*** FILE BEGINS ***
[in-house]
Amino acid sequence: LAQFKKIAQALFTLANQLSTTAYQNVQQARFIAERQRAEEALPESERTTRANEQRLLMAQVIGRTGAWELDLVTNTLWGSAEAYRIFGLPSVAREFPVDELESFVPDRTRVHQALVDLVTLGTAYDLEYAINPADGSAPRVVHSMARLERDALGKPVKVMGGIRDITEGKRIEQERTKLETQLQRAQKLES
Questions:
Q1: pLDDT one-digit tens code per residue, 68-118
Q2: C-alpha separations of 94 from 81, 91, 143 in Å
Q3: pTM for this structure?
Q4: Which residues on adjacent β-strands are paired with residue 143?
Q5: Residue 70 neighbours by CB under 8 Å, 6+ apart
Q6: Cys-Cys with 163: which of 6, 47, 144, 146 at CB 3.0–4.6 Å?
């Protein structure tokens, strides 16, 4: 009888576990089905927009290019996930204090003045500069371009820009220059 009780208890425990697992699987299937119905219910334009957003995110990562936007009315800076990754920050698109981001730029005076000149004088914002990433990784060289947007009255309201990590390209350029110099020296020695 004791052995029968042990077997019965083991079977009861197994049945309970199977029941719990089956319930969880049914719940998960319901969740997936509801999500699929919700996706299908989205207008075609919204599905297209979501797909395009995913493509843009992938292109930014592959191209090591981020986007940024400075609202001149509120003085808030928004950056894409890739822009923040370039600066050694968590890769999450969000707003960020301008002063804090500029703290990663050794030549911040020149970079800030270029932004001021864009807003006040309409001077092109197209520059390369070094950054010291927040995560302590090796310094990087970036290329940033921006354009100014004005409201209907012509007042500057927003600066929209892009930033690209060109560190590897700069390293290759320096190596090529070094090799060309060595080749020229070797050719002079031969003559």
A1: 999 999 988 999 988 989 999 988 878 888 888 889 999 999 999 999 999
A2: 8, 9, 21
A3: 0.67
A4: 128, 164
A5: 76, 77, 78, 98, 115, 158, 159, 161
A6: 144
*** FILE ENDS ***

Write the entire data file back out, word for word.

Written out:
[in-house]
Amino acid sequence: LAQFKKIAQALFTLANQLSTTAYQNVQQARFIAERQRAEEALPESERTTRANEQRLLMAQVIGRTGAWELDLVTNTLWGSAEAYRIFGLPSVAREFPVDELESFVPDRTRVHQALVDLVTLGTAYDLEYAINPADGSAPRVVHSMARLERDALGKPVKVMGGIRDITEGKRIEQERTKLETQLQRAQKLES
Questions:
Q1: pLDDT one-digit tens code per residue, 68-118
Q2: C-alpha separations of 94 from 81, 91, 143 in Å
Q3: pTM for this structure?
Q4: Which residues on adjacent β-strands are paired with residue 143?
Q5: Residue 70 neighbours by CB under 8 Å, 6+ apart
Q6: Cys-Cys with 163: which of 6, 47, 144, 146 at CB 3.0–4.6 Å?
């Protein structure tokens, strides 16, 4: 009888576990089905927009290019996930204090003045500069371009820009220059 009780208890425990697992699987299937119905219910334009957003995110990562936007009315800076990754920050698109981001730029005076000149004088914002990433990784060289947007009255309201990590390209350029110099020296020695 004791052995029968042990077997019965083991079977009861197994049945309970199977029941719990089956319930969880049914719940998960319901969740997936509801999500699929919700996706299908989205207008075609919204599905297209979501797909395009995913493509843009992938292109930014592959191209090591981020986007940024400075609202001149509120003085808030928004950056894409890739822009923040370039600066050694968590890769999450969000707003960020301008002063804090500029703290990663050794030549911040020149970079800030270029932004001021864009807003006040309409001077092109197209520059390369070094950054010291927040995560302590090796310094990087970036290329940033921006354009100014004005409201209907012509007042500057927003600066929209892009930033690209060109560190590897700069390293290759320096190596090529070094090799060309060595080749020229070797050719002079031969003559």
A1: 999 999 988 999 988 989 999 988 878 888 888 889 999 999 999 999 999
A2: 8, 9, 21
A3: 0.67
A4: 128, 164
A5: 76, 77, 78, 98, 115, 158, 159, 161
A6: 144